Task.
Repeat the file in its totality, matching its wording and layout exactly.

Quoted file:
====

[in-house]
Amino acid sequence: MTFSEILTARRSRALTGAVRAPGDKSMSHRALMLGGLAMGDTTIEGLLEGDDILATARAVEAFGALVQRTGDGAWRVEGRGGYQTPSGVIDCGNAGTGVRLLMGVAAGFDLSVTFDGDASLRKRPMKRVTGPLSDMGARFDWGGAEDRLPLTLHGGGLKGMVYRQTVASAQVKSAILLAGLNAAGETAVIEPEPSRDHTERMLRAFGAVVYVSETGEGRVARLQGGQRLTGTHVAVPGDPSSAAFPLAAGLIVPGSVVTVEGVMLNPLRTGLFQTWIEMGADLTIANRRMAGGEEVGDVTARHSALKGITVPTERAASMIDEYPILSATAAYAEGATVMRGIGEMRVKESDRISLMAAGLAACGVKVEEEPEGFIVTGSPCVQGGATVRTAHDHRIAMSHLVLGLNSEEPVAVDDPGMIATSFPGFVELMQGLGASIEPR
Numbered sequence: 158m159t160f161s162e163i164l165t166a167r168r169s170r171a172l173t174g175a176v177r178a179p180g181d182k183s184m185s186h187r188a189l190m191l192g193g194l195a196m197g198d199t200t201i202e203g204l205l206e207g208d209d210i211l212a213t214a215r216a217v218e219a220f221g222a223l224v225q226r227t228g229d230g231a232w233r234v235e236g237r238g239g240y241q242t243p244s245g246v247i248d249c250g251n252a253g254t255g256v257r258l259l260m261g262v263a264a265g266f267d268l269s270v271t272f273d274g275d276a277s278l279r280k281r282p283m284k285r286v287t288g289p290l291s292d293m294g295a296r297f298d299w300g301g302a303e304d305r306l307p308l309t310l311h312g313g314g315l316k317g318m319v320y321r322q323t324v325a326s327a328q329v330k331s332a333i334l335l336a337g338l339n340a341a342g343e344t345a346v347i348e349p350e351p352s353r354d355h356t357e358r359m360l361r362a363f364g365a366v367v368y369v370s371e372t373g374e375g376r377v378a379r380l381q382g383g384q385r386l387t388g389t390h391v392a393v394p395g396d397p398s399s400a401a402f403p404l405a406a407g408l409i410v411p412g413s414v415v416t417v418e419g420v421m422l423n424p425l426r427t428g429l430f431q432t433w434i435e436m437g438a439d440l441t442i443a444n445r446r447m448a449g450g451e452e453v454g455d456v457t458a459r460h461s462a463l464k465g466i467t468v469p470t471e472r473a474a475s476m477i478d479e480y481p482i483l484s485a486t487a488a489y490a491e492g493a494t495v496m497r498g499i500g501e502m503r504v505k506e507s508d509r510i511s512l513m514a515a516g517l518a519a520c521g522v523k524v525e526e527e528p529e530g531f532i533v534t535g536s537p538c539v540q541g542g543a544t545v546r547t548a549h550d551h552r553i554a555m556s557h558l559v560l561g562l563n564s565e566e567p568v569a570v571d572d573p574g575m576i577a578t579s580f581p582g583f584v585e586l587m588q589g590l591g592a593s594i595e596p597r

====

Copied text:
[in-house]
Amino acid sequence: MTFSEILTARRSRALTGAVRAPGDKSMSHRALMLGGLAMGDTTIEGLLEGDDILATARAVEAFGALVQRTGDGAWRVEGRGGYQTPSGVIDCGNAGTGVRLLMGVAAGFDLSVTFDGDASLRKRPMKRVTGPLSDMGARFDWGGAEDRLPLTLHGGGLKGMVYRQTVASAQVKSAILLAGLNAAGETAVIEPEPSRDHTERMLRAFGAVVYVSETGEGRVARLQGGQRLTGTHVAVPGDPSSAAFPLAAGLIVPGSVVTVEGVMLNPLRTGLFQTWIEMGADLTIANRRMAGGEEVGDVTARHSALKGITVPTERAASMIDEYPILSATAAYAEGATVMRGIGEMRVKESDRISLMAAGLAACGVKVEEEPEGFIVTGSPCVQGGATVRTAHDHRIAMSHLVLGLNSEEPVAVDDPGMIATSFPGFVELMQGLGASIEPR
Numbered sequence: 158m159t160f161s162e163i164l165t166a167r168r169s170r171a172l173t174g175a176v177r178a179p180g181d182k183s184m185s186h187r188a189l190m191l192g193g194l195a196m197g198d199t200t201i202e203g204l205l206e207g208d209d210i211l212a213t214a215r216a217v218e219a220f221g222a223l224v225q226r227t228g229d230g231a232w233r234v235e236g237r238g239g240y241q242t243p244s245g246v247i248d249c250g251n252a253g254t255g256v257r258l259l260m261g262v263a264a265g266f267d268l269s270v271t272f273d274g275d276a277s278l279r280k281r282p283m284k285r286v287t288g289p290l291s292d293m294g295a296r297f298d299w300g301g302a303e304d305r306l307p308l309t310l311h312g313g314g315l316k317g318m319v320y321r322q323t324v325a326s327a328q329v330k331s332a333i334l335l336a337g338l339n340a341a342g343e344t345a346v347i348e349p350e351p352s353r354d355h356t357e358r359m360l361r362a363f364g365a366v367v368y369v370s371e372t373g374e375g376r377v378a379r380l381q382g383g384q385r386l387t388g389t390h391v392a393v394p395g396d397p398s399s400a401a402f403p404l405a406a407g408l409i410v411p412g413s414v415v416t417v418e419g420v421m422l423n424p425l426r427t428g429l430f431q432t433w434i435e436m437g438a439d440l441t442i443a444n445r446r447m448a449g450g451e452e453v454g455d456v457t458a459r460h461s462a463l464k465g466i467t468v469p470t471e472r473a474a475s476m477i478d479e480y481p482i483l484s485a486t487a488a489y490a491e492g493a494t495v496m497r498g499i500g501e502m503r504v505k506e507s508d509r510i511s512l513m514a515a516g517l518a519a520c521g522v523k524v525e526e527e528p529e530g531f532i533v534t535g536s537p538c539v540q541g542g543a544t545v546r547t548a549h550d551h552r553i554a555m556s557h558l559v560l561g562l563n564s565e566e567p568v569a570v571d572d573p574g575m576i577a578t579s580f581p582g583f584v585e586l587m588q589g590l591g592a593s594i595e596p597r